As Ras is a well-known upstream effector of Raf, it is also likely that the Raf/Mek/Erk pathway contributes to the malignant phenotype in patients with multiple myeloma whose malignant cells express Ras mutations, leading to constitutive Ras activation. Such mutations usually occur in patients with advanced stage disease and involve N-Ras and K-Ras mutations.172,186,187 However, there is also evidence that, in at least one interleukin-6–independent multiple myeloma cell line with constitutively activated K-Ras, the proliferation of cells was not blocked by the pharmacologic inhibition of the Mek/Erk pathway with PD98059.188 Thus, although mutations that activate Ras may mediate proliferative signals via Mek/Erk activation in multiple myeloma cells, it is possible that other Ras-dependent, Mek/Erk-independent pathways are activated in certain cases and contribute to the malignant phenotype.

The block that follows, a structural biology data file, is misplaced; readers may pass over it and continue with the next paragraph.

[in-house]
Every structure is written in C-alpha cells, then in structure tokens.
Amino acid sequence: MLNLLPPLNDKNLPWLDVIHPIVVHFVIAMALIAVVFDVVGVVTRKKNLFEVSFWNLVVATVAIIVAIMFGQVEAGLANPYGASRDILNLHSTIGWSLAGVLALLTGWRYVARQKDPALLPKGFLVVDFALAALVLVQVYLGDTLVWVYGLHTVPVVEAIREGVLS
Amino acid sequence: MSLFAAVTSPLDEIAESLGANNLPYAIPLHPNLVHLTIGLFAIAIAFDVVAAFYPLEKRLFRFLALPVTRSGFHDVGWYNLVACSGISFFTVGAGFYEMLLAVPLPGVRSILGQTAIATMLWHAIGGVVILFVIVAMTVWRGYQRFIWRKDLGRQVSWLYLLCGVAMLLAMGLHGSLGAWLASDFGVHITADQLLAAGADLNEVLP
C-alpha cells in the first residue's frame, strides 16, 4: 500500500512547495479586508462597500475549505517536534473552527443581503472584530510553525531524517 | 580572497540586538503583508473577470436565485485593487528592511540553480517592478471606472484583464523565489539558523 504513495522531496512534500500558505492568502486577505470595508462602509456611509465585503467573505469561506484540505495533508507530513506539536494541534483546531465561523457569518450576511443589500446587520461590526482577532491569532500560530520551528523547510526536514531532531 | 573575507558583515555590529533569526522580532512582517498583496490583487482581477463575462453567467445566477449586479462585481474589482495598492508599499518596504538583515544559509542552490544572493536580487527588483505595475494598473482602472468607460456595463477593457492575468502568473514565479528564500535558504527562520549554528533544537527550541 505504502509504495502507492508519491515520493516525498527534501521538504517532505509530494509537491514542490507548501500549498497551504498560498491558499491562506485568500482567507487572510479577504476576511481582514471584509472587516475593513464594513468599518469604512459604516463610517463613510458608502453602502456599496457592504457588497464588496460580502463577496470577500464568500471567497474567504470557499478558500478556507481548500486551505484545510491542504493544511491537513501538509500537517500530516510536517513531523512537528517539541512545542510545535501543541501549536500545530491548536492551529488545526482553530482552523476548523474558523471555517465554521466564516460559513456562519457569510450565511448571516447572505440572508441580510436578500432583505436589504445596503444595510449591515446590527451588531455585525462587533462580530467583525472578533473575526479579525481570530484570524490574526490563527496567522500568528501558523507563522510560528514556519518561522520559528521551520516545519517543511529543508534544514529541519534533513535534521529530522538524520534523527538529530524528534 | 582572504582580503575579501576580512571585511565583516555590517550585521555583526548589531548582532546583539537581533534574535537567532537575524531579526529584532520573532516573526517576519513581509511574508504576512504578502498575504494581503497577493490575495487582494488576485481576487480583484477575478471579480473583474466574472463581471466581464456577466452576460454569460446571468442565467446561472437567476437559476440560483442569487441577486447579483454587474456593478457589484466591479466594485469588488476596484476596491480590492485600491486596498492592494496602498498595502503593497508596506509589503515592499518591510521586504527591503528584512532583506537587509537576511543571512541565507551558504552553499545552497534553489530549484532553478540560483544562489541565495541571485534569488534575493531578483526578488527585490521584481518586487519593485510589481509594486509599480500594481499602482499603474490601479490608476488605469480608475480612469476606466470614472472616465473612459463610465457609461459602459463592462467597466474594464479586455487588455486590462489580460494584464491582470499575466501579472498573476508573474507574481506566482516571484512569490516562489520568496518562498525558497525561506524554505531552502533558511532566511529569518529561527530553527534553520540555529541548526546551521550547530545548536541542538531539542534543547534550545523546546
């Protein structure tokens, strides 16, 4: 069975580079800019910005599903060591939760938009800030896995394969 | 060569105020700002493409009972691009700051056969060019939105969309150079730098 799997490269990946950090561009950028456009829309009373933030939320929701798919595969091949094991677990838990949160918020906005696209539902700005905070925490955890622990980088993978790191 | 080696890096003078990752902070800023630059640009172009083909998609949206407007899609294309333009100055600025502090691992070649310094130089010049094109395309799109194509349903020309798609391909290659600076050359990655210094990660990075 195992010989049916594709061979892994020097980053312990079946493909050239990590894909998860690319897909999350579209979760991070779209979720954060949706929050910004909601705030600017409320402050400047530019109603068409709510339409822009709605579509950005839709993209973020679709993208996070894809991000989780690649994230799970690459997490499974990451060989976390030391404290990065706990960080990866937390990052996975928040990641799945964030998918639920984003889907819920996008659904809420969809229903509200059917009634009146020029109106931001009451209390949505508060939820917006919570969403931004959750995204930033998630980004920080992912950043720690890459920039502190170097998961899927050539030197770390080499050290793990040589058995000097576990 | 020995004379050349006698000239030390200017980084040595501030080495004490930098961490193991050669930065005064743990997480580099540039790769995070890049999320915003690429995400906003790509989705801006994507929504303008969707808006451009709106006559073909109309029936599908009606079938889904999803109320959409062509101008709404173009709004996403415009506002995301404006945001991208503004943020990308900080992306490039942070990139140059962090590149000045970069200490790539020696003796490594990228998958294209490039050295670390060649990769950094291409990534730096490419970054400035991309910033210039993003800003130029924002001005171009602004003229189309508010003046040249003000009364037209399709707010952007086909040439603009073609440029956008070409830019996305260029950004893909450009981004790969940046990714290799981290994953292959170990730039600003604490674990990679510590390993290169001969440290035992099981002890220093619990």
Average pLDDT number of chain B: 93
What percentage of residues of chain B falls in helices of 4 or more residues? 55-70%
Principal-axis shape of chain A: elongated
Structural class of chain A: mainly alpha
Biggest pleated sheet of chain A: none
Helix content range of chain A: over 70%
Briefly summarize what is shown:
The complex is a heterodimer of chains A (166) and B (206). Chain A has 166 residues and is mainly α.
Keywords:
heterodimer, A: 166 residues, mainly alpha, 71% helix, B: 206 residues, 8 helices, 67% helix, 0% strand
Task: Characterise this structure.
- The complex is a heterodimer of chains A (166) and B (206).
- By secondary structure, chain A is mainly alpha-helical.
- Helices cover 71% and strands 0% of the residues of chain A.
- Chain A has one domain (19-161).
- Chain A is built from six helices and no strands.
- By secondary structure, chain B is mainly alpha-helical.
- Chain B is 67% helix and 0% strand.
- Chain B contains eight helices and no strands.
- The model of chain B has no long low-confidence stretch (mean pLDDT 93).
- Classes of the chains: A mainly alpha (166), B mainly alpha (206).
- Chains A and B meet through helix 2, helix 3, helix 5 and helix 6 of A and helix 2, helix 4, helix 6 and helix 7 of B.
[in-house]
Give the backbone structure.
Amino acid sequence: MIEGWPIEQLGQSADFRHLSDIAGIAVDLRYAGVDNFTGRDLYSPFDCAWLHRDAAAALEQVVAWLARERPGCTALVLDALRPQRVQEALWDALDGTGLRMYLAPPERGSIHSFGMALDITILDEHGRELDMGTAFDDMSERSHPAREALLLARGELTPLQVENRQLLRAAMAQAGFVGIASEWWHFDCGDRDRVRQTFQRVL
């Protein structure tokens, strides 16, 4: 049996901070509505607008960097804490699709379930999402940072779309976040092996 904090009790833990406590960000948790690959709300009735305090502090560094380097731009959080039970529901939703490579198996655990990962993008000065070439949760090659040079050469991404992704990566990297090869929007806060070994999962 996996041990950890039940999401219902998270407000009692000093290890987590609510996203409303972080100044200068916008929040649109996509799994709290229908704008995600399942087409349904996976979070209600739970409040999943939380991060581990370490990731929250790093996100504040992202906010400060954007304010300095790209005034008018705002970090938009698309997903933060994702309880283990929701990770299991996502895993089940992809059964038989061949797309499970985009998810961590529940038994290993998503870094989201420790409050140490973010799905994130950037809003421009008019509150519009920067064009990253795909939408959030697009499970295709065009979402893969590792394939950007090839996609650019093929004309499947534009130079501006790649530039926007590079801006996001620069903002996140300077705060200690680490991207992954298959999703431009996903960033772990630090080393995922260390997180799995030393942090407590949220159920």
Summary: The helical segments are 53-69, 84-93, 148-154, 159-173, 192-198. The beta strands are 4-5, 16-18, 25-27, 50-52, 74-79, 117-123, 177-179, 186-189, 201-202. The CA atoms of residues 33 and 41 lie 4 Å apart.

There is accumulating evidence that in addition to interleukin-6, other growth factors also play important roles in the growth of malignant myeloma cells. One such factor is insulin-like growth factor 1 (IGF-1). Recent studies have demonstrated that IGF-1 activates the PI-3K/Akt/FKHRL-1 and Mek/Erk pathways in multiple myeloma cell lines.189-191 The IGF-1–induced multiple myeloma cell proliferation is dependent on the activation of PI-3′ kinase–dependent pathways, as treatment of cells with the PI-3′ kinase inhibitor LY294002 abolishes the IGF-1–dependent proliferative response.189 On the other hand, the Mek inhibitor PD98059 had no significant effects on the IGF-1–dependent promotion of cell growth of malignant myeloma cells in one study.189 In studies using growth factor–independent cell lines, it was also demonstrated that the growth of multiple myeloma cells is dependent on PI-3′ kinase activation, as reflected by the inhibition of growth of such cells by the PI-3′ kinase inhibitors LY294002 and wortmannin.190 In these studies, Erk inhibition with the PD98059 inhibitor had minimal effects on myeloma cell growth. Based on these facts, a proposed model for the functional contribution of the different signaling pathways in malignant myeloma cell proliferation is that the Mek/Erk pathway is required for IL-6–dependent myeloma cell proliferation. However, this pathway plays a minimal or no role in IGF-1–dependent cell proliferation, in which case the responses are primarily PI-3′ kinase/Akt-dependent (Figure 5). It is of interest that some cross-talk between the IGF-1–inducible PI-3′ kinase pathway and the Mek/Erk pathway in myeloma cells exists, as evidenced by the inhibition of Mek1/2 and Erk phosphorylation by LY294002.189 On the other hand such a cross-talk was not seen in other studies using cell lines in which constitutive activation of PI-3′K and Map kinase pathways was found,187 suggesting that this cross-talk selectively occurs during IGF-1–dependent activation of these pathways. It should also be pointed out that interleukin-6 activates PI-3′ kinase and AKT, and the function of PI-3′ kinase is required for multiple myeloma cell proliferation but not inhibition of IL-6–dependent Erk activation,191 indicating that there is no cross-talk between the PI-3K/AKT and Mek/Erk pathways in response to IL-6 induction189 (Figure 5).